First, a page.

Districts also often let parents transfer out of their neighborhood schools other ways, such as magnet schools, specialized programs and inter-district transfer requests.

San Diego Unified officials were unaware of any parents who specifically moved their children under the Open Enrollment Act, although students switched schools under other choice programs, said Ursula Kroemer, a San Diego district spokeswoman.

In Fresno Unified, no parents have requested Open Enrollment Act transfers in the past three years, although two had in prior years, said Jedidiah Chernabaeff, a Fresno district spokesman. No transfers were granted under this specific law, although they used other choice options.

The state’s largest school district, Los Angeles Unified, has not experienced a “significant impact” from the act. Under the law, 41 parents applied for transfers last year for the 2015-16 school year, said Nancy Gutierrez, the district’s program coordinator of pupil services.

But far more students have switched schools through other programs: About 6,000 parents apply for incoming or outgoing permits annually, Gutierrez said.

“The decision not to release a list this year seems fair because it would not be useful to categorize or rate schools based on several years old data,” Gutierrez said in an email.

Romero said she believes few parents have requested transfers because they were unaware of the law, despite requirements that districts notify parents. Late last year, Romero held a series of meetings in Los Angeles and Anaheim to inform parents about the choice, but she said she encountered resistance in both places. District officials made it difficult for parents to apply, Romero said.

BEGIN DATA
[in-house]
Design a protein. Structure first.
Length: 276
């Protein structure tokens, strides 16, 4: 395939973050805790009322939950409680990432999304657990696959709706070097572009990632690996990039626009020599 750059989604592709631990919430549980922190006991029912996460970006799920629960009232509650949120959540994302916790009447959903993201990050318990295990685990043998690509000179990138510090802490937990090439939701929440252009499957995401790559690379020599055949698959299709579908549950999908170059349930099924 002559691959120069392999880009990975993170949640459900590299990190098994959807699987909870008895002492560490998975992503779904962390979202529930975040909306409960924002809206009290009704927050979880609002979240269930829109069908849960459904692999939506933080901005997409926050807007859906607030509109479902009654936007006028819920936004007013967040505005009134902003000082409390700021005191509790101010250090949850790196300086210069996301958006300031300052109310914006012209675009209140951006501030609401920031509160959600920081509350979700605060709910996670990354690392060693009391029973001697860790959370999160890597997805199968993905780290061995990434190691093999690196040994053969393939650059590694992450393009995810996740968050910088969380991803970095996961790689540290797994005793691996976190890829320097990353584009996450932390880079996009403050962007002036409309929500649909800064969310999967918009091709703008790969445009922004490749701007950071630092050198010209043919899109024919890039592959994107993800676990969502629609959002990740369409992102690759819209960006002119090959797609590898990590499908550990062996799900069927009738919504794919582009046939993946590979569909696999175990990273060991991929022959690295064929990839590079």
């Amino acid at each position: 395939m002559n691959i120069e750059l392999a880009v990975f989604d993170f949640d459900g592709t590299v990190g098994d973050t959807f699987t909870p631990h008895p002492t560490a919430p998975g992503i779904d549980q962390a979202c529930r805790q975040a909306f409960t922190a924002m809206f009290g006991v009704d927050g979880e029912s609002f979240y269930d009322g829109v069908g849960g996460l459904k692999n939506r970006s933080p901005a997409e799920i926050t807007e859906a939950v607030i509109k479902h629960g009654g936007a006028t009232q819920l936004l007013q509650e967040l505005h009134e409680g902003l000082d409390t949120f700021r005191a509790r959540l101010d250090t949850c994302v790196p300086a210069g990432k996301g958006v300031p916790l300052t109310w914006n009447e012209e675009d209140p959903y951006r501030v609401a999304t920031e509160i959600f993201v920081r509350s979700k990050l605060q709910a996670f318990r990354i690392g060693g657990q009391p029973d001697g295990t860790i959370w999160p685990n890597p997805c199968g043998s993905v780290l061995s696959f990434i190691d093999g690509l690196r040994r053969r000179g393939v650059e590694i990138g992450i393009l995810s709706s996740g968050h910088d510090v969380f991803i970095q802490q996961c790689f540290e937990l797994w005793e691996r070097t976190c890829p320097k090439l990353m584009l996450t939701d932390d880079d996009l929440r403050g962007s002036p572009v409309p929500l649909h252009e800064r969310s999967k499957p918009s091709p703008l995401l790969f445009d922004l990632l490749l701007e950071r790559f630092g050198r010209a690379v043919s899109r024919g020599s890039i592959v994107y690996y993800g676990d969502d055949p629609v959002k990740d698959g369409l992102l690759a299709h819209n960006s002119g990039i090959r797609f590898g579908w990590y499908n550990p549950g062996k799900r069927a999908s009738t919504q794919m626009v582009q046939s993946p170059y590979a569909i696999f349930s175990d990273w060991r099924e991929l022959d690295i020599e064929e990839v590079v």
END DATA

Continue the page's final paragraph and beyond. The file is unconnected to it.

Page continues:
Also, parents had little time to submit requests. The school list came out in November and the state deadline is Jan. 1 – a time when schools are on winter break.

“If you don’t know the law exists, you can’t use it,” Romero said.

Bill Lucia, president of EdVoice, which backed the law, said he also was unaware that the state was not producing rankings. Last week, he said he would be looking into the matter.

Shortly after the law passed, some district officials complained about the process. Because only a limited number of schools can be identified from each district, some schools in districts with higher API scores landed on the low-achieving list. Schools are allowed to petition the state board to be removed from the list.

Although parents are unable to use old API scores to request transfers, they are still able to use the results under another part of the 2010 reforms – the Parent Empowerment Act, or parent trigger law. According to a recent court ruling and other opinions, parents can continue to use the two-year-old scores to determine if a school is failing under the Parent Empowerment Act. Parents can use the act to force changes at their schools, including turning them into charters.